Indian History and Culture 320 to 750 AD by K M Munshi, founder Bharatiya Vidya Bhavan

  • Precis covers cultural, social changes and political events. It includes Aryavarta, Gupta kings, Golden Period of India, Evolution of Caste, Hun Invasion, Sri Harsha, Revival of Dharma, Military Changes & Repulse of Arab Invasion.

Shri V Balachandran (ex-Special Secretary Cabinet Secretariat) wrote in The Tribune Chandigarh Neglecting cultural czar Munshi’s efforts This goaded me to do a precis of Foreword of 11 Volumes of The History and Culture of Indian People. The books are a masterpiece & my constant reference book

Shri K M Munshi was an educationist, freedom fighter, founder of Bharatiya Vidya Bhavan (1938), author and worked closely with Sardar Patel. He initiated the writing of The History and Culture of the Indian People. Shri R.C. Majumdar was General Editor. A.K. Majumdar and A.D. Pusalker were Assistant Editors of Vol 3. It was first published in 1954, fourth edition in 1988.  


K M Munshiji said, “That although efforts to prepare this massive history-writing had started in 1938, it could assume concrete shape only in 1944 with generous help from GD Birla and the Shri Krishnarpan Charity Trust.” 


Precis is split in parts. Each part has a number and title that represents content. Let us hope these books become part of the mainstream educational system. 


Period 320 to 750: Volume 3 title is The Classical Age. It coverscultural, social changes and political events & includes Aryavarta, Gupta kings, Golden Period of India, Evolution of Caste, Hun Invasion, Sri Harsha, Revival of Dharma, Emergence of Kanuaj, Military Changes & Repulse of Arab Invasion.


Period 750 to 1000 includes Age of Strength & Achievement, Big Three Empires, Arab Invasions, Battle for Kanauj (India’s cultural capital) Impact of Hunas invasions, Age of Unity and Mihir Bhoja, Views of Medhatithi, a political sage and Status of Women.


Period 1000-1300 includes state of Indian society around 1000, why did it survive the earlier 2,000 years, status of Sanskrit, social impact of Muslim invasions, why lower strata of society adopted Islam, South Indian kings, rise of Desabhashas and Bhakti.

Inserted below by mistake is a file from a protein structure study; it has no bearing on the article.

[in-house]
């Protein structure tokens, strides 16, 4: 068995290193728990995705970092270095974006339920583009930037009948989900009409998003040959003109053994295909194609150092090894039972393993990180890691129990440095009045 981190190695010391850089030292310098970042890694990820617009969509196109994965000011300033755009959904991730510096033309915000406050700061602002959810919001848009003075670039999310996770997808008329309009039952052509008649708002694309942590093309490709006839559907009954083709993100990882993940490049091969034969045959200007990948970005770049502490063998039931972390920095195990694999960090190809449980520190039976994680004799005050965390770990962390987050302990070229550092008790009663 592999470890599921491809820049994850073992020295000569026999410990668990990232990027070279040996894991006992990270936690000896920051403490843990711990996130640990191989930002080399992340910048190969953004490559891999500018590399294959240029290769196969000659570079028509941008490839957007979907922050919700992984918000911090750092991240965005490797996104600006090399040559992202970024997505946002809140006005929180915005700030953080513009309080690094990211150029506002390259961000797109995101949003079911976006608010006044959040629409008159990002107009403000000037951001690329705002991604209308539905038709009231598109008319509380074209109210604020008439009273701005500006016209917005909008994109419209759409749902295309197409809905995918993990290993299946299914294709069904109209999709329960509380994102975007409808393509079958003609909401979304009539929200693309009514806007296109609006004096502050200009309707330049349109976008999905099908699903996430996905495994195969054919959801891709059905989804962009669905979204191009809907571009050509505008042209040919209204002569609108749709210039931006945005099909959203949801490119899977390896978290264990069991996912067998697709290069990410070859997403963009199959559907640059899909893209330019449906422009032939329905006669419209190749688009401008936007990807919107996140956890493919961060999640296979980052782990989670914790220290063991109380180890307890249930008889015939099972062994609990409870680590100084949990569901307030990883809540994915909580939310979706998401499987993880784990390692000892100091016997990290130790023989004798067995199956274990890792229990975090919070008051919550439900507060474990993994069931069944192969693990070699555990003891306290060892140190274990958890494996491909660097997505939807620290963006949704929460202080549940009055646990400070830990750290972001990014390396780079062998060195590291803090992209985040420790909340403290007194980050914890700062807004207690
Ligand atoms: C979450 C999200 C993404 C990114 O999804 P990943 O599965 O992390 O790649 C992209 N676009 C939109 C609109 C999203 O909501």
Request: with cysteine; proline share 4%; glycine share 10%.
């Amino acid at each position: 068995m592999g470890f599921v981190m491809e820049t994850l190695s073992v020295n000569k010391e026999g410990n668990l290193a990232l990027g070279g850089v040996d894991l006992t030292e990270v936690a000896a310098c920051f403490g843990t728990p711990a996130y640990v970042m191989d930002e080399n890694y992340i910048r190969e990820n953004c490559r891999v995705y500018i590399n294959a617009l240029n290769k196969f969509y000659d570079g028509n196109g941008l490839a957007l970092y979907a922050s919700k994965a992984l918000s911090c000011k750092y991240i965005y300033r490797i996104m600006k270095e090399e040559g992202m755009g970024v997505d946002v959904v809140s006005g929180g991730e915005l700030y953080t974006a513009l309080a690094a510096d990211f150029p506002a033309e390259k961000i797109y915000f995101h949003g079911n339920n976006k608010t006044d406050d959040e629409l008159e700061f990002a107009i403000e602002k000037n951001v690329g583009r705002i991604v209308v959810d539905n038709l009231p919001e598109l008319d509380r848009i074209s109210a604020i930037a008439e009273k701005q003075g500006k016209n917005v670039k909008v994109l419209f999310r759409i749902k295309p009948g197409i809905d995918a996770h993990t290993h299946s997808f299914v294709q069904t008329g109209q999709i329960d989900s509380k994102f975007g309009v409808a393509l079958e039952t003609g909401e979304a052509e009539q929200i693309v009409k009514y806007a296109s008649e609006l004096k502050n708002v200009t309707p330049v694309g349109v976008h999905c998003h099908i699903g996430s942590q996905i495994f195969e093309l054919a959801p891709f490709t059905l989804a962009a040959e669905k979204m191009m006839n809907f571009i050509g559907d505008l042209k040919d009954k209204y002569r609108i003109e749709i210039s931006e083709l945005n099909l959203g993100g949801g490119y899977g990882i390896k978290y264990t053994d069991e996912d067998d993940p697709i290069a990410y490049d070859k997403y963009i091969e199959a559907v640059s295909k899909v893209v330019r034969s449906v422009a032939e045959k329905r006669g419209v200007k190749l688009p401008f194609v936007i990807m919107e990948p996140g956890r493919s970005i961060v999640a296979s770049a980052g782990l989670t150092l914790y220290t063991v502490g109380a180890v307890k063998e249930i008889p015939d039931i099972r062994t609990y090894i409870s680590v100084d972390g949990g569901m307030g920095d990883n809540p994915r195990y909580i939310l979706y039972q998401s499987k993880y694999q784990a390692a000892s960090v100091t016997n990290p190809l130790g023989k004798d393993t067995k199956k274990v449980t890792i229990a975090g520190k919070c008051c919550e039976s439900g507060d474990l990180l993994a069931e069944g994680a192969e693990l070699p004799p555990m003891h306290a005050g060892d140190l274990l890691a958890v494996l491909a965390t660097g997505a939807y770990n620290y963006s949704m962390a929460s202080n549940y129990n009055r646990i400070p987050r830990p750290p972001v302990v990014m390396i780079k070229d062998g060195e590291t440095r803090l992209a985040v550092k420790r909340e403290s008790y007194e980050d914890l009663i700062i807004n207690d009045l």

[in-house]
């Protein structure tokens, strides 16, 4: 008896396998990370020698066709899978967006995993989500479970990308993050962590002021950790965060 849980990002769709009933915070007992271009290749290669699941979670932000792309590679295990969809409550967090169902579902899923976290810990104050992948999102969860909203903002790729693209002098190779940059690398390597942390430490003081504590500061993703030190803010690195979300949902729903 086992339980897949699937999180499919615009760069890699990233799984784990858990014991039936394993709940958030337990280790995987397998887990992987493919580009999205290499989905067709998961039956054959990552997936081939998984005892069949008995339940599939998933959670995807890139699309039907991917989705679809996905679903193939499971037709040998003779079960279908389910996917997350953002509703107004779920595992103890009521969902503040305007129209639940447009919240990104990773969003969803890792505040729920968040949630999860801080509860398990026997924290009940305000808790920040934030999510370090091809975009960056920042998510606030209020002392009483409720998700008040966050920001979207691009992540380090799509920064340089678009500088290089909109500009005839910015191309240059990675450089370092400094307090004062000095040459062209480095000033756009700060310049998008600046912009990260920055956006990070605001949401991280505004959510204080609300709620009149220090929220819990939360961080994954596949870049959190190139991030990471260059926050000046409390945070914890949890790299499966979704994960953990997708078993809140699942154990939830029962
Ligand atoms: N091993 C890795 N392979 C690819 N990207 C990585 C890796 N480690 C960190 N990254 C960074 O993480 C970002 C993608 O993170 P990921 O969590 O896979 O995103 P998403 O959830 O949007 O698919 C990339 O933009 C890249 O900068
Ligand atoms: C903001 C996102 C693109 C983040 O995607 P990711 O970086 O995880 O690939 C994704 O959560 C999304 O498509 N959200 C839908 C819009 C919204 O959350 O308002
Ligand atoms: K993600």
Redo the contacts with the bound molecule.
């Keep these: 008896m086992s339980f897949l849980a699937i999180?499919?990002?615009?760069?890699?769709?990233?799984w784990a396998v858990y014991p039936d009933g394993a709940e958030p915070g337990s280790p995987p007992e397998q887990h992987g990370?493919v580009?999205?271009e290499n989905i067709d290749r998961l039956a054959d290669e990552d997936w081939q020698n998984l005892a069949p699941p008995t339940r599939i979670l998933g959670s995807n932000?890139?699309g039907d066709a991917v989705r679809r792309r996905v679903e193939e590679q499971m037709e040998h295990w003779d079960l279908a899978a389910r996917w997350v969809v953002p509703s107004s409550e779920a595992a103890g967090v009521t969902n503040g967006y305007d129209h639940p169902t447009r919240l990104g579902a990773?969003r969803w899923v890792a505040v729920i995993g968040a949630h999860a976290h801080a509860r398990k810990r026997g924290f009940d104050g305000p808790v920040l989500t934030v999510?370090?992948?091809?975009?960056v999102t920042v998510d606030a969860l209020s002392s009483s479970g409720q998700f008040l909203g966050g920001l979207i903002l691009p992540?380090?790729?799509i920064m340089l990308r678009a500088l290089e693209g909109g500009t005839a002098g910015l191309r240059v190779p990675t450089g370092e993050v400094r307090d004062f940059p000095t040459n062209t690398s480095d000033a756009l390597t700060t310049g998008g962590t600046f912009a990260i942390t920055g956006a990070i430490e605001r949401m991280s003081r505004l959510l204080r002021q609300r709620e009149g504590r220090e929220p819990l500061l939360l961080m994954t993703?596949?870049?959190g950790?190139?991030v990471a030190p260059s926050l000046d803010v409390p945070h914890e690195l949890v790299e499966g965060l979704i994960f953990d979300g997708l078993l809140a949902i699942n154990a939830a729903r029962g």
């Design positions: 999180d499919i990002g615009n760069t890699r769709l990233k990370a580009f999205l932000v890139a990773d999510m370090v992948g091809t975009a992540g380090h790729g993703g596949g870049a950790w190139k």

Period 1300 to 1526 includes did Khilji/Tughluq rule all of India, Timur invasion, what is common between Timur and Vasco da gama, Religious Life then, Impact of Islam, Religious life and Language Literature and did Muslim or Hindu ruler of Orissa support Chaitanya Mahaprabhu.


Period 1526-1707 includes Mughal rule esp. intolerance towards Hindus, warrior Hemu and Tansen.


Period 1707 to 1818 includes Political situation post Aurangzeb and rise of the Marathas, Changes due to influence of Western World and Economic exploitation of India by British.


Period 1818 to 1905 (Part 1) includes Characteristics of British rule, History from a British standpoint/Famines-Poverty, Was British Empire in India an accident and three events that require attention.


Period 1818 to 1905 (Part 2) includes Hindu Muslim relations in the 19th century, changes in religious and social ideas, growth of new types of literature, rise of the Press and state of slavery and semi-slavery of Indians.


Period 1905 to 1947 includes the purpose of history, why was Pakistan created, creation and Sub-nation States and Linguistic chauvinism, Hindu Muslim riots 1918 to 1927 and Hindu Muslim Pact 1923. 


My only contribution is doing a precis of the foreword. Note that the Aryan Invasion Theory is, since when this volume was published, no longer accepted. This piece is courtesy the publisher Bharatiya Vidya Bhavan Mumbai. 


The Age of Imperial Kanauj 350 to 700 A.D.-Foreword by Dr. K M Munshi.

I Introduction to period

This volume covers period from 320 when the Gupta Empire was founded to about 740 A.D. when Yashovarman of Kannauj died. The creative urge of the time has contributed both character and richness to the evolution of the national mind in every succeeding century.


Throughout the history of India, the process of integration of two simultaneous movements, one owes it origin to Aryan culture and the momentum that is culture possess, the other the way of life of the Early Dravidian and other non-Aryan cultures in the country into the framework of Aryan Culture, weaving a harmonious pattern continuously without effecting its fundamentals.